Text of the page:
Little do you realise, you’ve been duped by a deepfake.

What are deepfakes?

The eSafety Commissioner of Australia defines deepfakes as digital photos, videos or sound files of real individuals that have been edited to create extremely realistic yet false depictions of them. Think of those viral videos or news stories where celebrities or politicians are made to say or do things they never actually did. Business leaders like Dick Smith, Twiggy Forest and Gina Rinehart are among the high-profile Australians to be ensnared in deepfake scams where manipulated video footage is used to promote bogus investment schemes.

“Deepfakes used to be pretty rudimentary, but they’re now a lot better”, explains Wayne Williamson, Chief Information Security Officer at Equifax. What started as a joke has turned into a serious problem, with people using deepfakes to spread misinformation and enable fraud. And as the technology improves, telling the difference between real and fake is getting harder and harder. Deepfake technology, which is also known as ‘artificial intelligence-generated synthetic media’, draws upon sophisticated machine learning algorithms. The advent of generative AI and user-friendly tools and techniques has meant that anyone with a computer or smartphone can fabricate deepfake images or videos in minutes.

“You can find websites and apps where you can pick a famous person’s voice, type in whatever you want them to say, and boom, you’ve got a realistic-sounding recording”, says Mr Williamson.

“As the US election draws near, expect to see plenty of fake recordings of Joe Biden and Donald Trump popping up online. And once these audio deepfakes are shared on social media, they spread with alarming speed.”

The business implications of deepfakes

In the business world, deepfakes manifest as photos, voices and live videos impersonating key personnel such as executives, financial officers, supply chain partners, or senior IT and call centre staff.

Just a few months ago, fraudsters orchestrated a phoney multi-person video conference to deceive a finance worker in Hong Kong into transferring AU$39 million. The worker thought he was talking to the company’s CFO and other colleagues, but they were all deepfake versions. Since they looked and sounded just like his real coworkers, he went ahead with the transfer. It was only later when he double-checked with the company’s head office that the scam was exposed.

“The old saying ‘seeing is believing’ soon won’t be enough to protect people and businesses”, notes Mr Williamson.

By personalising messages and mimicking voices, it becomes easier for bad actors to pretend to be someone the target knows, gaining access to bank accounts or sensitive commercial data.

“With phishing attacks a favourite tactic among cybercriminals, we’ll likely see deepfakes used more to amplify their impact”, he warns.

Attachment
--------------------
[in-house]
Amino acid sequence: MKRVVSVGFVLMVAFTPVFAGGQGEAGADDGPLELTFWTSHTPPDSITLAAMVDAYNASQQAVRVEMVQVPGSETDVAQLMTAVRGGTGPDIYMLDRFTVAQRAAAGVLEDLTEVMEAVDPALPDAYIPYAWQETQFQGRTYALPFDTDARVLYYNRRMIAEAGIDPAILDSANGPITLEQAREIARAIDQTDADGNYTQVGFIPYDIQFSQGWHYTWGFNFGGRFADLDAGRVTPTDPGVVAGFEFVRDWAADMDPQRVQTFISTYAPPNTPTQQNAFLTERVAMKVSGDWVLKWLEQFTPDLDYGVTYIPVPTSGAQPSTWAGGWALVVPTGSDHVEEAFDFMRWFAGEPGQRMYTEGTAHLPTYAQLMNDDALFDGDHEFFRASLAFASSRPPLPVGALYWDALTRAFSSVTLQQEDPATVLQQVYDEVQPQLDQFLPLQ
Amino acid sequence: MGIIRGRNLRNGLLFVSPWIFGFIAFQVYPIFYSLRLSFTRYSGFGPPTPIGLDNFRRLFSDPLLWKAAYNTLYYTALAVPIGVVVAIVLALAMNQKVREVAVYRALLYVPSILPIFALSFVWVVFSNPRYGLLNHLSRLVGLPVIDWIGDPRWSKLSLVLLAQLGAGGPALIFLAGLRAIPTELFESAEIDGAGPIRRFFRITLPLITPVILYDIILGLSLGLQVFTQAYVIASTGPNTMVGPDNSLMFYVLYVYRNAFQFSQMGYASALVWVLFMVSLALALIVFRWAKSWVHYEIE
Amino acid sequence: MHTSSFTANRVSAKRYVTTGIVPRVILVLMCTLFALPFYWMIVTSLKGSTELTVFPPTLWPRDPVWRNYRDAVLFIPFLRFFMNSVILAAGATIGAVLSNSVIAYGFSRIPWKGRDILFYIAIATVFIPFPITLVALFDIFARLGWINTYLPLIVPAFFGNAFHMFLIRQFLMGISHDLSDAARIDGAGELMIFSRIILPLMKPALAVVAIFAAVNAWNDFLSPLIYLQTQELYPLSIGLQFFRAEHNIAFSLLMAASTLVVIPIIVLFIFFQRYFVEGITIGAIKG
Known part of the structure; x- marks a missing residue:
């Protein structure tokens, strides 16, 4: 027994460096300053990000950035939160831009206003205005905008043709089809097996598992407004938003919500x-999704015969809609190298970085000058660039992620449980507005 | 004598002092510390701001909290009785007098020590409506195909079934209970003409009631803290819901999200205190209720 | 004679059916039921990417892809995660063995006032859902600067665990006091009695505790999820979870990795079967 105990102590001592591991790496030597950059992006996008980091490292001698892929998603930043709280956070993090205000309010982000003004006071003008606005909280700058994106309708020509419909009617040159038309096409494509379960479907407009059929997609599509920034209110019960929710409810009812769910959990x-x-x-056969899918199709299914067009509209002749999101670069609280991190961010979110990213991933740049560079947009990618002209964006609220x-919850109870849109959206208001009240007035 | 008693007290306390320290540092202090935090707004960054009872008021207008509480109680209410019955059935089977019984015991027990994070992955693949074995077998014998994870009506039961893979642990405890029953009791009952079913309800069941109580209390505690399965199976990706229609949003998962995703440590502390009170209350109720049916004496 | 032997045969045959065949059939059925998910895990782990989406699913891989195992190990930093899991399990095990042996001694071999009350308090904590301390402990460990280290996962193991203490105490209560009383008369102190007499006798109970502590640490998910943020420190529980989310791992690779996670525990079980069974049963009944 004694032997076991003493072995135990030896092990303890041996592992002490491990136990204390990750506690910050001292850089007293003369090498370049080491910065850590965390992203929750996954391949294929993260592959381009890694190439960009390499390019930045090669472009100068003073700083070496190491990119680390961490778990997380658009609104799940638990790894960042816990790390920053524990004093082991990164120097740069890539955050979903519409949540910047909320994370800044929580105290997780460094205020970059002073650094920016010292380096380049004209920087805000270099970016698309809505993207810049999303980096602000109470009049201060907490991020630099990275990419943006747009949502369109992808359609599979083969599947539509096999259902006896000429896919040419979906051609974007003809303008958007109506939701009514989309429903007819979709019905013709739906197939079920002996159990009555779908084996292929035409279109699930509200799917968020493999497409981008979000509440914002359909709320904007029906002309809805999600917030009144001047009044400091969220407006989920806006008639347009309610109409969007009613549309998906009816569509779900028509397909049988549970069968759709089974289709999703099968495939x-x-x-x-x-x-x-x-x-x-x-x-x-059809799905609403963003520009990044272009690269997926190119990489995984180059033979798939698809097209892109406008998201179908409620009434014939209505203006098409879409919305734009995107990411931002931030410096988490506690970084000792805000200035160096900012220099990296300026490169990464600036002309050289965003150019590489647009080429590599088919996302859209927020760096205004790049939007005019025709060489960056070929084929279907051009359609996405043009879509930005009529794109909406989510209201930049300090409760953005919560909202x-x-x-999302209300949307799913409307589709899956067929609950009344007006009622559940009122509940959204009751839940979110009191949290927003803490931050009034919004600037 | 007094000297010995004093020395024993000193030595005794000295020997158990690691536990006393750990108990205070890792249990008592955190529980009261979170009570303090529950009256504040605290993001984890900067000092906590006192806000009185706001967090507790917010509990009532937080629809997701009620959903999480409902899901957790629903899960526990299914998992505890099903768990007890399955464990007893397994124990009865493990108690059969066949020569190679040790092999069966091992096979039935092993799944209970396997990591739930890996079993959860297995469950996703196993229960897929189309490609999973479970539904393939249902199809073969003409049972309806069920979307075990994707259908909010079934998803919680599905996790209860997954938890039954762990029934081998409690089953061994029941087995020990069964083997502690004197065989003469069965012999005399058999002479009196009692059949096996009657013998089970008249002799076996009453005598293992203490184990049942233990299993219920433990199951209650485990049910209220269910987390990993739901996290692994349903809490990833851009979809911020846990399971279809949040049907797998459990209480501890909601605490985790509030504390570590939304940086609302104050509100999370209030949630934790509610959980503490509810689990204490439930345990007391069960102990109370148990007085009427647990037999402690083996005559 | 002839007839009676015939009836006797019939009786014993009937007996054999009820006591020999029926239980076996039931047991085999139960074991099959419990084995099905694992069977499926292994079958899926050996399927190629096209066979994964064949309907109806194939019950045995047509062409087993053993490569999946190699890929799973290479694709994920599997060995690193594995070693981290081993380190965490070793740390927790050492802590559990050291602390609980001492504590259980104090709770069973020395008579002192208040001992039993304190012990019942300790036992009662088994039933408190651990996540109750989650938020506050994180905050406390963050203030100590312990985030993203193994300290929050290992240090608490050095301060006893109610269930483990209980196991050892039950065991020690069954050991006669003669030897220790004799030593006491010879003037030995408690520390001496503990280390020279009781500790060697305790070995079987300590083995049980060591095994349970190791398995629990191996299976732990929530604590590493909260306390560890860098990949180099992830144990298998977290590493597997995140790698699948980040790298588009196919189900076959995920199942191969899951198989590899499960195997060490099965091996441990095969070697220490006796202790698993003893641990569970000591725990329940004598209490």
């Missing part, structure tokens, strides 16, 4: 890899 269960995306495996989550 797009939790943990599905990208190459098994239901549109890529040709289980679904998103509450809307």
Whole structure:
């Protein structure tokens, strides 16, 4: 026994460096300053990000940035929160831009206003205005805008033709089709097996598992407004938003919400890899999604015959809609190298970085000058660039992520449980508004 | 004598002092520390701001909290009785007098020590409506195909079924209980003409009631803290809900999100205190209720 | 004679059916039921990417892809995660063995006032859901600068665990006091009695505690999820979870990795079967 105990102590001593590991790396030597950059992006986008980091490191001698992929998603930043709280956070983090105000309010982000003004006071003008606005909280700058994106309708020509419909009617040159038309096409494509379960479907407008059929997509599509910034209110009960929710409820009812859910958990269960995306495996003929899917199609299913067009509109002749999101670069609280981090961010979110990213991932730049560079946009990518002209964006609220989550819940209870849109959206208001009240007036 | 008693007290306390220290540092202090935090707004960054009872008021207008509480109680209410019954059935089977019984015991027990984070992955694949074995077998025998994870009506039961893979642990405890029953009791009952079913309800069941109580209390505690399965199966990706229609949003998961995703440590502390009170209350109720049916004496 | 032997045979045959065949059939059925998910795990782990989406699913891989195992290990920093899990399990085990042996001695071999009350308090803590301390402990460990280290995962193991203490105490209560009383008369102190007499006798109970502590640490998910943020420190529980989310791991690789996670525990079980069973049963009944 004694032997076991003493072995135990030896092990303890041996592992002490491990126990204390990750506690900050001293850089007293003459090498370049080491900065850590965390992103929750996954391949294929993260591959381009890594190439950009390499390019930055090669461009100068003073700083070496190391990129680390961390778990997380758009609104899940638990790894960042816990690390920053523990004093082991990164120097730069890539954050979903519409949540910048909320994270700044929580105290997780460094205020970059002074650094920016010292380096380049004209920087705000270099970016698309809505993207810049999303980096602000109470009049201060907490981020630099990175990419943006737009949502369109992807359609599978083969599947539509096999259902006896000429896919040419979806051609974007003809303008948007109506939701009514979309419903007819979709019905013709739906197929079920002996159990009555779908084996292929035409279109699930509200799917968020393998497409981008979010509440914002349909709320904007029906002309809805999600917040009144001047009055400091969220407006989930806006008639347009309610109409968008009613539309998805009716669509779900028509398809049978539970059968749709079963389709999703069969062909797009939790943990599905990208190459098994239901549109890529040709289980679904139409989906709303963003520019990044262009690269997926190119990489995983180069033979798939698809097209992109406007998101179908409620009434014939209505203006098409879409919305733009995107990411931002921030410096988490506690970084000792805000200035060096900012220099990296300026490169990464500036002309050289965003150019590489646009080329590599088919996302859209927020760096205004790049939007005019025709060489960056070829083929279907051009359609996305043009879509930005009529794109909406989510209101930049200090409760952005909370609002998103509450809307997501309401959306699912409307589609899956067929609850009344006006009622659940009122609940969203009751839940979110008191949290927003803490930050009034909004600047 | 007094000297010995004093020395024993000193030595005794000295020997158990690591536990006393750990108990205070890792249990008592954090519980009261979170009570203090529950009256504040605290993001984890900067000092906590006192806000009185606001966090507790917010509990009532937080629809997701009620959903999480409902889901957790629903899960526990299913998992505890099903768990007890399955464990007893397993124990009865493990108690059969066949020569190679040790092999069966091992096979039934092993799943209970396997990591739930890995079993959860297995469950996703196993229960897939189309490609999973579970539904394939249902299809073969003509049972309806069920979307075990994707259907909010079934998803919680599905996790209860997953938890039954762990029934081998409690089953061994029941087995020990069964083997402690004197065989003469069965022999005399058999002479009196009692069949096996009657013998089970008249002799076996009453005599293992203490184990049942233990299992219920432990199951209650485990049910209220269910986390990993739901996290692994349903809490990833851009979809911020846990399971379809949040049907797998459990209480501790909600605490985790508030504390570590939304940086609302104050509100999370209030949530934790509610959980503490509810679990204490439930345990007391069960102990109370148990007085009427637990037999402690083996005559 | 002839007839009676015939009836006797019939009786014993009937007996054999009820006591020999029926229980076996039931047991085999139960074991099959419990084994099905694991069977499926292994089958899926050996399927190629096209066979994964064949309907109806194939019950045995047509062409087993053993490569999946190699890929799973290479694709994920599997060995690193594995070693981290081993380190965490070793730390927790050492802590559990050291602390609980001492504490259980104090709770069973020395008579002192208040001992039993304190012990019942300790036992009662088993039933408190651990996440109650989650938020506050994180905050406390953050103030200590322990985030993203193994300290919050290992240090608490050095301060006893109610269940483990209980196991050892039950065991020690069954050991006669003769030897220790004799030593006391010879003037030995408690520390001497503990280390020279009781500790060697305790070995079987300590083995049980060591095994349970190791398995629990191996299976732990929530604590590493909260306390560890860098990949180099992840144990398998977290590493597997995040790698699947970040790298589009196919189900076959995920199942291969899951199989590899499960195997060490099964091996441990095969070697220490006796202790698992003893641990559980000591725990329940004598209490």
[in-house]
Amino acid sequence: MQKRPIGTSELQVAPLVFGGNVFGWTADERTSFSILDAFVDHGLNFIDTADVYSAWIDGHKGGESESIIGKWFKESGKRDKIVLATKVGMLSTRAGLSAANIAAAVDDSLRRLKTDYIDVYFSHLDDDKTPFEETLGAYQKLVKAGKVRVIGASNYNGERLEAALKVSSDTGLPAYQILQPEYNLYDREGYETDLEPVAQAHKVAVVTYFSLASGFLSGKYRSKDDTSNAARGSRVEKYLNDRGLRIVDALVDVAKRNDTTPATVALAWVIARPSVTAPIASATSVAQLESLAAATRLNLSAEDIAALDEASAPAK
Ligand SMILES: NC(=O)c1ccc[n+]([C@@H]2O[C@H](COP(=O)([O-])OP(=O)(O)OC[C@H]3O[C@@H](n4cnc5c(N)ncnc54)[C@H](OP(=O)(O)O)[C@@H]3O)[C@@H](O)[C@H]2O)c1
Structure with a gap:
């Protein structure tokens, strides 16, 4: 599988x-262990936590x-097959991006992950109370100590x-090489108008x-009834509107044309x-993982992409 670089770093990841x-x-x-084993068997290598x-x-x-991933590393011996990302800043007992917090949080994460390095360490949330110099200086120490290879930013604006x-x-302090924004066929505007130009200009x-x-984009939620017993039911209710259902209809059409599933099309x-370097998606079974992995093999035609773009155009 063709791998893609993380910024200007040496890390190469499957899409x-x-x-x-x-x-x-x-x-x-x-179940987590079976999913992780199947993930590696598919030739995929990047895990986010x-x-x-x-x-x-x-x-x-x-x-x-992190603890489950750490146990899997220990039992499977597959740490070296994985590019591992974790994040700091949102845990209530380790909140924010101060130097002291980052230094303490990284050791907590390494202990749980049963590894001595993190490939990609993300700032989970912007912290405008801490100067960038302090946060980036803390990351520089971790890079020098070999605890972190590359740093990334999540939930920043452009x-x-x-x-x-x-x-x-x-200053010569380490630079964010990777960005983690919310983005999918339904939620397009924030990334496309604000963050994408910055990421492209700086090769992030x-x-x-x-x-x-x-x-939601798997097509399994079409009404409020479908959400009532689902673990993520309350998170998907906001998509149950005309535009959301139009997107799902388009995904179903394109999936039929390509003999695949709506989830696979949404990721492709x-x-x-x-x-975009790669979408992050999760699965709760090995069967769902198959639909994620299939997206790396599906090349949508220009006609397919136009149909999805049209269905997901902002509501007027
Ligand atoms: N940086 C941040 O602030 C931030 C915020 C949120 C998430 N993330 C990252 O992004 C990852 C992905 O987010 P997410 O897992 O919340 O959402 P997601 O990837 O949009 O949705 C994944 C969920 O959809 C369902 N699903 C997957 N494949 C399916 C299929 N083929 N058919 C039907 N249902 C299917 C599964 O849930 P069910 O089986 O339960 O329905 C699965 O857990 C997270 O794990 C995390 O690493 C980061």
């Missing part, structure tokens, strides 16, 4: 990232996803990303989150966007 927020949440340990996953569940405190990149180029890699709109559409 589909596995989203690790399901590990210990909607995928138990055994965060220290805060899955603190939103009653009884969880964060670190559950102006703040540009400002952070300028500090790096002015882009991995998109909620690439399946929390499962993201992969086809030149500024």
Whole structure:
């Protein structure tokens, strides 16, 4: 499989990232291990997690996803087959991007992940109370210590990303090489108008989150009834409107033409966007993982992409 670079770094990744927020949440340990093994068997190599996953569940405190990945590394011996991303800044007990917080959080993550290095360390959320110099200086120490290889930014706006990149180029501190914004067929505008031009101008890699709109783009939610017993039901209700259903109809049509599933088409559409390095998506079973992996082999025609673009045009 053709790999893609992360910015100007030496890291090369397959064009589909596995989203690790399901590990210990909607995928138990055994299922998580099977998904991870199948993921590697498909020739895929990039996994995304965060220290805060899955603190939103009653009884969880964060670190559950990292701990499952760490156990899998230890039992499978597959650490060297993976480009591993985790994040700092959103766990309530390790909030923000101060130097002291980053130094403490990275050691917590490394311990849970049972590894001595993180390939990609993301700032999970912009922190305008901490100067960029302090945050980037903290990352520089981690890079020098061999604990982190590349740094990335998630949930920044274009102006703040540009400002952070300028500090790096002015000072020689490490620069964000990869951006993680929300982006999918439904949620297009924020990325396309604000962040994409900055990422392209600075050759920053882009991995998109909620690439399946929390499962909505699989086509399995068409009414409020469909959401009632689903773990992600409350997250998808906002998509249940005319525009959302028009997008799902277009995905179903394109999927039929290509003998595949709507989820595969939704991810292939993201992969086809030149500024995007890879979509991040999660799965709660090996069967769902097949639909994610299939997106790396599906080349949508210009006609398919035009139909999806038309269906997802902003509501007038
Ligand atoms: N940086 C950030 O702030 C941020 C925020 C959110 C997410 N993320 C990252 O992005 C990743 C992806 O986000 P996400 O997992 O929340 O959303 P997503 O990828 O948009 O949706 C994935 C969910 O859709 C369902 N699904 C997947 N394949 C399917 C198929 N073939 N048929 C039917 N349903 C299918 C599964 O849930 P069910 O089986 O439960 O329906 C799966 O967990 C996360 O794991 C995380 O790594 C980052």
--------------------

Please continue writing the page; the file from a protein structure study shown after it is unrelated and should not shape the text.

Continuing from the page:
Another danger zone is in mergers and acquisitions. “Deep fake videos featuring CEOs or CFOs could spread false information or allegations, causing stock prices to swing or damage reputations.”

How to defend against deepfakes

The fight against fraud has always been akin to a cat-and-mouse chase, and tackling deepfakes is no different. While high-quality fakes pose a significant challenge, cybersecurity solutions continuously refine their ability to scrutinise and identify potential irregularities.

To mitigate the risks of deepfakes, Mr Williamson advises business leaders and CISOs to consider the following:

  1. Improve awareness
    Organisations must instil in their workforce the importance of verifying all content, whether in their inbox, personal environment or on social platforms. Fostering a culture of scrutiny is crucial, where employees grasp the necessity of examining anything that seems off or even slightly suspicious.
    Even when an individual seems entirely authentic in appearance or voice, it’s essential to cultivate a mindset that acknowledges the possibility that the person might not be who they say they are. When in doubt, assess the contextual relevance of the interaction - is this how you would expect this person to communicate with you?
  2. Recognise telltale signs
    While advanced deepfakes may elude human detection, less sophisticated attempts often leave traces that give them away. Keep an eye out for anomalies around the cheeks, forehead, eyes and eyebrows. Look for skin texture or tone inconsistencies, unusual blurring, shadows at the wrong intensity, or not positioned where they should appear naturally.
    For individuals wearing glasses, glare angle or intensity discrepancies may be apparent. Also, be wary of unnatural eye movements or irregular blinking patterns. In cases of lip-synced deepfakes, discrepancies between audio and visual clues may be noticeable.
    Conduct periodic phishing and deepfake simulations to instil a sense of vigilance among employees and encourage reporting of potential threats.
  3. Embrace a multi-dimensional approach
    Fighting deepfakes isn’t just up to security or IT - it’s a team effort. Cybersecurity preparedness and spotting deepfake trickery are collective responsibilities, necessitating collaboration between individuals, businesses, government bodies and the cybersecurity sector.
    ​Maintaining an always-on, future-state mindset against threat actors requires a multi-dimensional approach combining robust verification processes, advanced analytics, and ongoing education and training.

Equifax is constantly raising the bar to out-smart, out-work, and out-innovate cyber criminals. Contact us to learn more about how our differentiated data, innovative analytics and advanced technology assists in the prevention of cybercrime.

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